I have to start with a confession. Lesley Collison isn’t my real name. It’s a writing byline, taken from my grandmother’s middle names. Why don’t I use my own name? It’s simple – I see my writing as an escape from my day job. Not that there’s anything wrong with my job! But I like that my work life and my me-time are completely separate.
I’ve always written since I could first hold a pencil, but I think of myself as a plain writer, maybe even a lazy writer, because I don’t include lots of lovely descriptive passages – I’m not very good at that and want to get better. And I write quite compact stories set in the kind of local community we all know. It’s easy to think yourself into a scenario that’s basically quite familiar. Doesn’t need much in the way of research!
But I envy a creative writer like Alison Carter. Her short stories are spectacular. She thinks on such a grand scale. She has the ability to transport the reader into a different time and place purely through her rich descriptions. And she comes up with such unusual settings. Now that must take a lot of research. She obviously works much harder at it than I do!
I’m not especially prolific. I have a notebook with loads of half-baked ideas in it, but finding the time to develop them properly is a challenge. It’s another reason I’d describe myself as lazy. If I want to call myself a writer I should be up at the crack of dawn every day to write at least something!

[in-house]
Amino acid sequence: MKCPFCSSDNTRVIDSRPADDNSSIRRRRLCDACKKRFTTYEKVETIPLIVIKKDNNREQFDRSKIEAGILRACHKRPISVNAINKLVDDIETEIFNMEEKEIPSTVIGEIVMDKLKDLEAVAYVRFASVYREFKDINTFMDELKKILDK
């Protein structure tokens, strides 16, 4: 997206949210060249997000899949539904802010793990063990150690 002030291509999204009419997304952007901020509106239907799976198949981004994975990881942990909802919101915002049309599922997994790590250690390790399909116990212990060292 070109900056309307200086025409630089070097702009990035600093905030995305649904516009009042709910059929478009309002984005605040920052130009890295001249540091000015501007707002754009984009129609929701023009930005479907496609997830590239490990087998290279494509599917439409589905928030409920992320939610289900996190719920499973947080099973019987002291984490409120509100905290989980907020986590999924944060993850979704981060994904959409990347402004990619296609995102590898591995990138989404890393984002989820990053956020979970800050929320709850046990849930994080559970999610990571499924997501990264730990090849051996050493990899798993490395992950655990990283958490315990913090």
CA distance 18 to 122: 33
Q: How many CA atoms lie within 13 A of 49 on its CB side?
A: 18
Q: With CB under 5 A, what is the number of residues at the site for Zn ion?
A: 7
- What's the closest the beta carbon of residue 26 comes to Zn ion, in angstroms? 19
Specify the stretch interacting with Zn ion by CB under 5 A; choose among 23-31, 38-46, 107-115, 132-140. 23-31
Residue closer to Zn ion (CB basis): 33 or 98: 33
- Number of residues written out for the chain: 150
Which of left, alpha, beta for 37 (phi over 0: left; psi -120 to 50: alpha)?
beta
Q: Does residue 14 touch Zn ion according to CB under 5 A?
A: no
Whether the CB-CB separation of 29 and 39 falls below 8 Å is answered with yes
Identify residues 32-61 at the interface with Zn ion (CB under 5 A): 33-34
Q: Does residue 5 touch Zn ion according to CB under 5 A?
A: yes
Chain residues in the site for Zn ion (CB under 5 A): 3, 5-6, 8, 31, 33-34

Having said that, I’m always thinking about my next story and piecing it together in my head. I was forever in trouble at school for daydreaming and I haven’t changed. Once I have enough to get started, I’ll get out my laptop and start to plot it out properly. So far they’ve been serials for The People’s Friend rather than short stories, because I like the busy-ness of a serial, the cast of characters telling their individual tales and yet all being connected. That’s my favourite bit of writing: creating the characters. They always come first when I have a new idea. I can picture them, hear them, sense their personalities and quirks, just as if they’re real people, real friends. I hope readers feel that way about them, too.